Skip to main content

Posts

Showing posts from December, 2014

Attention: Bob James' 1970's CTI Fusion Albums Officially Do Not Stink

On the contrary, not only do Bob James' 70's Fusion albums not stink, they are actually some of the best arranged jazz funk you will ever hear.

These albums are not at all lite jazz, or gasp, smooth jazz. These albums are well produced yes, but have plenty of improvisatory heat, and plenty of challenging arrangements.

I must say right away, I never fell victim to the I hate Bob James Fan club. Sure, some of his later albums are smooth to the point that very little fire is left in the music. But these CTI albums I am talking about, numbered 1 through 3 are masterpieces of bass grooving, tightly arranged jazz funk.

 Lots of fantastic 70's detective thriller music styles thrown in for good measure. I try not to get caught up in the genre box, I don't care if this music isn't classic jazz. It's just plain old good music to my ears.

It also doesn't hurt when Grover Washington Jr's tenor Sax permeates these albums as well.

Bob James One:
The first volume,…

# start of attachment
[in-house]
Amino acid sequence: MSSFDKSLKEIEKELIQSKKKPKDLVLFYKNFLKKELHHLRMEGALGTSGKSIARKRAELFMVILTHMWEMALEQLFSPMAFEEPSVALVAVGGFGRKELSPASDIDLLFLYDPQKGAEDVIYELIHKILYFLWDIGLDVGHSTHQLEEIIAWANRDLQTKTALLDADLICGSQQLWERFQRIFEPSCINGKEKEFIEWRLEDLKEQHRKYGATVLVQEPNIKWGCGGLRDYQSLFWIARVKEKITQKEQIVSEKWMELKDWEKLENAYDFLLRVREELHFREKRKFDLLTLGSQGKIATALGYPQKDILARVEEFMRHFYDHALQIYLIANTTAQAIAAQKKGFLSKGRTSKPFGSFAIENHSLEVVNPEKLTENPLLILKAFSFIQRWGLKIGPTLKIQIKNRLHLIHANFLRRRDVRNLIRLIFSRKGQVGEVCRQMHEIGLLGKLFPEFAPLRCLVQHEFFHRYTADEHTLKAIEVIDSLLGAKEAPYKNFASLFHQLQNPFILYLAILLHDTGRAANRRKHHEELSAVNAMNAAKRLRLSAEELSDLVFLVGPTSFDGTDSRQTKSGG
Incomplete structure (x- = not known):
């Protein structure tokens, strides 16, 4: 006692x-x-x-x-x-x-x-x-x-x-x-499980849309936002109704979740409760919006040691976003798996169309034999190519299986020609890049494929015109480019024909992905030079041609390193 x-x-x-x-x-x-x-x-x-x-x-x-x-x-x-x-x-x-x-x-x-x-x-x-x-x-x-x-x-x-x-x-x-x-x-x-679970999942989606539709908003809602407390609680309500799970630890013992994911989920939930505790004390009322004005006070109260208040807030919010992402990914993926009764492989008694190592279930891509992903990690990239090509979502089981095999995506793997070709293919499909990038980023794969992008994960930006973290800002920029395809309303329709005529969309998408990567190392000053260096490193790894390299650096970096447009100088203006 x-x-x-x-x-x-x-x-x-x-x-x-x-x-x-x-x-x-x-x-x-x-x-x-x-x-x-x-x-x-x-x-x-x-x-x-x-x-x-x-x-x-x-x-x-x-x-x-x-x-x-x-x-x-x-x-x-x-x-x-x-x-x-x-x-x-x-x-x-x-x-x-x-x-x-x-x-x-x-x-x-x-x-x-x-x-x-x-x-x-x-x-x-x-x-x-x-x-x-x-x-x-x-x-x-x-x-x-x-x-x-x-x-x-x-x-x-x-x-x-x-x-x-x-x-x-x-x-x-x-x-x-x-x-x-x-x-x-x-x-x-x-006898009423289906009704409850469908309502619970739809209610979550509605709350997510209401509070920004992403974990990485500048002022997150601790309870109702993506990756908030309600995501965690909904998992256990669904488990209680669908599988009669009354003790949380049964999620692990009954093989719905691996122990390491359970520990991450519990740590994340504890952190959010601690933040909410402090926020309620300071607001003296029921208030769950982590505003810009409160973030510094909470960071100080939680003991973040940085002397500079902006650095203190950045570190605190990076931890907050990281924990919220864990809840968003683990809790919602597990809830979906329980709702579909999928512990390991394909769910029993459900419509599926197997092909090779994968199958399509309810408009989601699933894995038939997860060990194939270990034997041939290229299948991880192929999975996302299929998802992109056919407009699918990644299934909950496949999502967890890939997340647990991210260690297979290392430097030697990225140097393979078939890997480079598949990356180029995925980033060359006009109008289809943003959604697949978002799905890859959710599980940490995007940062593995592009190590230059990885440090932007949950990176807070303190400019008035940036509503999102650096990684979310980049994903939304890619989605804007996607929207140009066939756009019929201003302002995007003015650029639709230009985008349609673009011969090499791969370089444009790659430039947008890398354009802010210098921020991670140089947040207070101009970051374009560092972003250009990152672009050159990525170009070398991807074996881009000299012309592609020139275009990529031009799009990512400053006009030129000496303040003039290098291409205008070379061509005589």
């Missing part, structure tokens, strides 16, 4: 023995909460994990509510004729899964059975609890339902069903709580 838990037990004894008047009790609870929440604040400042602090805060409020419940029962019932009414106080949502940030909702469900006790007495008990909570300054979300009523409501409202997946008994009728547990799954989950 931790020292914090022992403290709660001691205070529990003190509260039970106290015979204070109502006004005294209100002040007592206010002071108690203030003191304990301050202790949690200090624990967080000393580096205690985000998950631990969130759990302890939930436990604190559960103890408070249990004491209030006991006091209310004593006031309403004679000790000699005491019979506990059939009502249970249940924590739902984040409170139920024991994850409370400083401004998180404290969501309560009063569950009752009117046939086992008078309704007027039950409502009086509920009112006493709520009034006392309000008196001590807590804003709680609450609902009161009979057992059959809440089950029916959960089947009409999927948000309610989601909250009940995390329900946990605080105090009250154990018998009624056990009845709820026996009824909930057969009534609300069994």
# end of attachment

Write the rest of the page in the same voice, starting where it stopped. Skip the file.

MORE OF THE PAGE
John Coltrane's Giant Steps: My Favorite Tributes to the Saxophone Classic

Any saxophonist since 1960 has had to come to grips with Coltrane, much like Coltrane himself had learn from Charlie Parker.

Really, even now, 54 years later the track "Giant Steps" sounds like a Herculean effort. Trane, using his previously developed Coltrane changes to indeed create a literal GIANT STEP with "Giant Steps".

I do not have a background in music theory, I am not a formally trained musician. I don't approach music listening in that way either, I like the music or I don't.  I have been blessed with an inquiring ear so to speak, I like learning and acquiring a taste for different musics that other people seem to shun.

Giant Steps is one of those jazz war horses that is probably overdone to the point of it being an eye rolling experience. Probably like hearing a rock n roll cover band playing yet another rendition of Deep Purple's "Smoke on the Water". Though I can attest, it is infinitely easier to play that on a guitar than &qu…